Online Searches For ‘Financial Therapy’ Are Up 60%

Managing your finances can be frustrating, especially in an economic downturn. But new data is showing there’s an especially strong link between mental health and money now more than ever.

Stackin, a financial well-being app recently announced that its sign-ups spiked 49% and its subscriber count jumped by 30% in November. Why? Reality is setting in for more Americans and the truth is they need more help with money management than they thought.

“As we face higher rates of inflation, increases in the cost of living, and dangerously high reports of a decline in mental health, we felt it was necessary to work alongside a financial therapist, Megan Ford, Ph.D. to develop the Stackin framework. Since our launch, we have steadily grown our subscriber base and just last month had our largest increase by 30%.”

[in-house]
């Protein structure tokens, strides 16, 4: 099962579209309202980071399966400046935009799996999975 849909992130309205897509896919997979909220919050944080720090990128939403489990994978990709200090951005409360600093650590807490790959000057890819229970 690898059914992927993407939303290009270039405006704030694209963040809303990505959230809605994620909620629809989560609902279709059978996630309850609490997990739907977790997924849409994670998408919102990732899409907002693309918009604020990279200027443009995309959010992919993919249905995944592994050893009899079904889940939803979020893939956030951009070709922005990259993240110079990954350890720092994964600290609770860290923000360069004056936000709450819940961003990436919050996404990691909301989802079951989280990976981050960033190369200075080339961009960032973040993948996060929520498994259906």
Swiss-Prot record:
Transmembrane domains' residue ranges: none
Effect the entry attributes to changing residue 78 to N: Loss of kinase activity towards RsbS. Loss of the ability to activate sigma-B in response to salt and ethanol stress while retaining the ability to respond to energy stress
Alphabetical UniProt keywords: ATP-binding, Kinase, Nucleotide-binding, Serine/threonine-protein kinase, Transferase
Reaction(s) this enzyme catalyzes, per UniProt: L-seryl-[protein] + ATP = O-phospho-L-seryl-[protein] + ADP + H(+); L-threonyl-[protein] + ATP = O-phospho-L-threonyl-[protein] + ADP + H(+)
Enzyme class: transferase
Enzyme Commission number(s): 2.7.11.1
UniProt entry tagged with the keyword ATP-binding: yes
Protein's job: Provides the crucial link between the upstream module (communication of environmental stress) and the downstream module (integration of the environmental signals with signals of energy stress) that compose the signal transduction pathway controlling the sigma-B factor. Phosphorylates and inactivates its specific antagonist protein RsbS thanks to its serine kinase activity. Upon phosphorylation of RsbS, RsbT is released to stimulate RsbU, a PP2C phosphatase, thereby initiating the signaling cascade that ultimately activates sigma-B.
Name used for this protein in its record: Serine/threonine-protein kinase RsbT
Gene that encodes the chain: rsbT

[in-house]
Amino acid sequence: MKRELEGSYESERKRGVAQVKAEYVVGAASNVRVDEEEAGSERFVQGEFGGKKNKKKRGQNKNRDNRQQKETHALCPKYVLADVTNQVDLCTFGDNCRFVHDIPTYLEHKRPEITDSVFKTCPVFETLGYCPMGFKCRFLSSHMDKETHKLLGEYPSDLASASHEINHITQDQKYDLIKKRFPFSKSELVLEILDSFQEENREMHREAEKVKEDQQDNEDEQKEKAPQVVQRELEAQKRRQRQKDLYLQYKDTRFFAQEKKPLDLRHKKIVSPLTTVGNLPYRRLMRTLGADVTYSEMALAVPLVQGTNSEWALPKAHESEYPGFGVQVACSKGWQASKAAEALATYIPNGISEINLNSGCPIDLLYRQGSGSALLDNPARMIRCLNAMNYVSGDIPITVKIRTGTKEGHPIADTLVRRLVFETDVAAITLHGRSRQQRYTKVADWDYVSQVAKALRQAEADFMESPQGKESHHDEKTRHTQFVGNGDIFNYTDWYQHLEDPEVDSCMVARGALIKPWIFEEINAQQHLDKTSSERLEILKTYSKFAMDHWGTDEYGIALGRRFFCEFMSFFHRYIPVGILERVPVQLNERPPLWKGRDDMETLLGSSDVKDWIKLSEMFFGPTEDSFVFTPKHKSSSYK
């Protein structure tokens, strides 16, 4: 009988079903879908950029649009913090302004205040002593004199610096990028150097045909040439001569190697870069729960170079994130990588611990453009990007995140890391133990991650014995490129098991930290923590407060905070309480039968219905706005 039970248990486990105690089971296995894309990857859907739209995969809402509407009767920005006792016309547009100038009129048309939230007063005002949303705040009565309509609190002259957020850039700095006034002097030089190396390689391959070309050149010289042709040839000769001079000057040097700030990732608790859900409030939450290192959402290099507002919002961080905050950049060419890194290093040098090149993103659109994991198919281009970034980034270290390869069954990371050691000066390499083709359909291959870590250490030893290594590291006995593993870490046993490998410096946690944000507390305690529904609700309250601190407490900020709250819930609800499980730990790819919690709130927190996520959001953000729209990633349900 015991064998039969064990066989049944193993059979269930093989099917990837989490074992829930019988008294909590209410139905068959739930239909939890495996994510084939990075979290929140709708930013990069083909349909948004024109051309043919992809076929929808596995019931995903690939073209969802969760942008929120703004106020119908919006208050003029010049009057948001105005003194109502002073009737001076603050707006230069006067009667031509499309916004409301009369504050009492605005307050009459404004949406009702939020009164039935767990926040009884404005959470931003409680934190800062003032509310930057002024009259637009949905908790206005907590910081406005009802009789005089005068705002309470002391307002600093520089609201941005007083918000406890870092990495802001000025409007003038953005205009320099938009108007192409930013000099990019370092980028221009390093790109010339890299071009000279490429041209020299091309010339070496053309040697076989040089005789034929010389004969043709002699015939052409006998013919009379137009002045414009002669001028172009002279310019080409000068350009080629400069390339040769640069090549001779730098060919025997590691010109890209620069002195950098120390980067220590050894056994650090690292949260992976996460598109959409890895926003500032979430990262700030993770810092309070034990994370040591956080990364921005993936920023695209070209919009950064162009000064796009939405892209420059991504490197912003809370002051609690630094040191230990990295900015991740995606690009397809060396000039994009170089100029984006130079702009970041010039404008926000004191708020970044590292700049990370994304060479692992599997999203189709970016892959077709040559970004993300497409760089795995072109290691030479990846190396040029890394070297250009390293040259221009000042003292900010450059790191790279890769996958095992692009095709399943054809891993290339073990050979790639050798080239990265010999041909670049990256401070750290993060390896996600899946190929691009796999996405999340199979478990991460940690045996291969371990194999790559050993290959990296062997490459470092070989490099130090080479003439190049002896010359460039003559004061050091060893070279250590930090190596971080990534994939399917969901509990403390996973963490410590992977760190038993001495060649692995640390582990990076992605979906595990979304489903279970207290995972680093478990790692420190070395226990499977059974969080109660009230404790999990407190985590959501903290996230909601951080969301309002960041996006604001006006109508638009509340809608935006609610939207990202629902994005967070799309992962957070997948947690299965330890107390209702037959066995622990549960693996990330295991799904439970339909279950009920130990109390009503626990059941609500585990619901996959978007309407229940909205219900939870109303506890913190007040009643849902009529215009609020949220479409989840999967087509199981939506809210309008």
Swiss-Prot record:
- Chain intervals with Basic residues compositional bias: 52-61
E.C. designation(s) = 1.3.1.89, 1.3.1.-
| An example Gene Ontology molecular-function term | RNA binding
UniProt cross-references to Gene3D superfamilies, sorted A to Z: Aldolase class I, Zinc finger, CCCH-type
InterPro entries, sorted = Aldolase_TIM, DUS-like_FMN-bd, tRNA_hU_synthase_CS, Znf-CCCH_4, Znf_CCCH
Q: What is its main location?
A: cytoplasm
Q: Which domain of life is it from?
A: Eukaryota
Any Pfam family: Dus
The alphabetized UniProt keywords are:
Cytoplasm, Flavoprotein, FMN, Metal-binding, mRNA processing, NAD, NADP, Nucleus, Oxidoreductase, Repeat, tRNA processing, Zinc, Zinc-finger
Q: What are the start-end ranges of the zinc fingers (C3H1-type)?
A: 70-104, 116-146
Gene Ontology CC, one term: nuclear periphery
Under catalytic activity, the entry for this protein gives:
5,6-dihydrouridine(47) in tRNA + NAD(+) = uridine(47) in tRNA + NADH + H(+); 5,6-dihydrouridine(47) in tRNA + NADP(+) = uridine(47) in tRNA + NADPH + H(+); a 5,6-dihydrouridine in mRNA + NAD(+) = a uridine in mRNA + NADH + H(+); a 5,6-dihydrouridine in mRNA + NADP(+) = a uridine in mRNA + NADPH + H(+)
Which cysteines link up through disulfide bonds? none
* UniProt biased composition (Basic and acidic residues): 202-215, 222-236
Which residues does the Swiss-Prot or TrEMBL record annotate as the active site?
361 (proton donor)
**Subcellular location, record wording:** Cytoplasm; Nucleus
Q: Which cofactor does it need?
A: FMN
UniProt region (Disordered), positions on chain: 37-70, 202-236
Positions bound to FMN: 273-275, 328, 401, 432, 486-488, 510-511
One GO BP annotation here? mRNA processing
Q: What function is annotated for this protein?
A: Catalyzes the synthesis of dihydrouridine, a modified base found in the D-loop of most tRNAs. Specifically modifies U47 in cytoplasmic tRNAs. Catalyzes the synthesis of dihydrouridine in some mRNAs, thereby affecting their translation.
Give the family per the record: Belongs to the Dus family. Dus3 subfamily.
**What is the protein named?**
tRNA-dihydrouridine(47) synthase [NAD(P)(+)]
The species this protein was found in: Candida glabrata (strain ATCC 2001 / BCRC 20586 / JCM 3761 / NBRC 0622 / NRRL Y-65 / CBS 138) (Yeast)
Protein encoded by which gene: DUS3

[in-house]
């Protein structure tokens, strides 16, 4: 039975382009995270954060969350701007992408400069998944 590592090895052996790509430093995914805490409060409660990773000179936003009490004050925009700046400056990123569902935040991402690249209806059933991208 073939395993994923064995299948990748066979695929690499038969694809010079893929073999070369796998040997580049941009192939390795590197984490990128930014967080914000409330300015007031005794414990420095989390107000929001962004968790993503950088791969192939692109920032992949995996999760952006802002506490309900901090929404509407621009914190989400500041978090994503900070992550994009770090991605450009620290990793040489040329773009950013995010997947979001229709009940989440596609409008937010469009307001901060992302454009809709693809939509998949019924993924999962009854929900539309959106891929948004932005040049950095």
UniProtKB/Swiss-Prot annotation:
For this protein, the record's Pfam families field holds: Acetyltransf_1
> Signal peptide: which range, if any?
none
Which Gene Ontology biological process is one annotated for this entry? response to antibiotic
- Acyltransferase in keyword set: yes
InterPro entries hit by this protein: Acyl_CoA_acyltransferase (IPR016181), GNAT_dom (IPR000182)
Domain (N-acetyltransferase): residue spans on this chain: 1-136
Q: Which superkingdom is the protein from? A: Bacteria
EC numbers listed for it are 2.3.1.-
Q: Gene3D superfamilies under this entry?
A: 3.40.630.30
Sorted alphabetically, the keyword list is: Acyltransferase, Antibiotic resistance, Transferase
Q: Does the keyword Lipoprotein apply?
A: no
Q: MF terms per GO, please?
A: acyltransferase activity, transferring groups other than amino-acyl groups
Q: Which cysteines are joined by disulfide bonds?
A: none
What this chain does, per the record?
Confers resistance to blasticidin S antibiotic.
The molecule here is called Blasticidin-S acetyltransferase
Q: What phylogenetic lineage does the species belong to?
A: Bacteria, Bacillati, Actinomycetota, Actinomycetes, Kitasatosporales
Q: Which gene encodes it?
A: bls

Widespread reports continue to reveal just how concerned Americans are over finances since the height of the pandemic. Worries about money took the spot as a key stressor in a December 2020 CreditWise survey. Results revealed that finances are the No. 1 cause of stress (73%) – being reported as a major cause of stress more often than politics (59%), work (49%) and family (46%).

There are ways to quell those fears, according to

“Bottling up your anxiety can make it worse,”  Dr. Megan Ford, Stackin’ financial therapist advised. “Get out everything you’re stressing about onto paper and focus on one thing at a time. It helps to also talk about it with a friend, a therapist, or even a Facebook group.”

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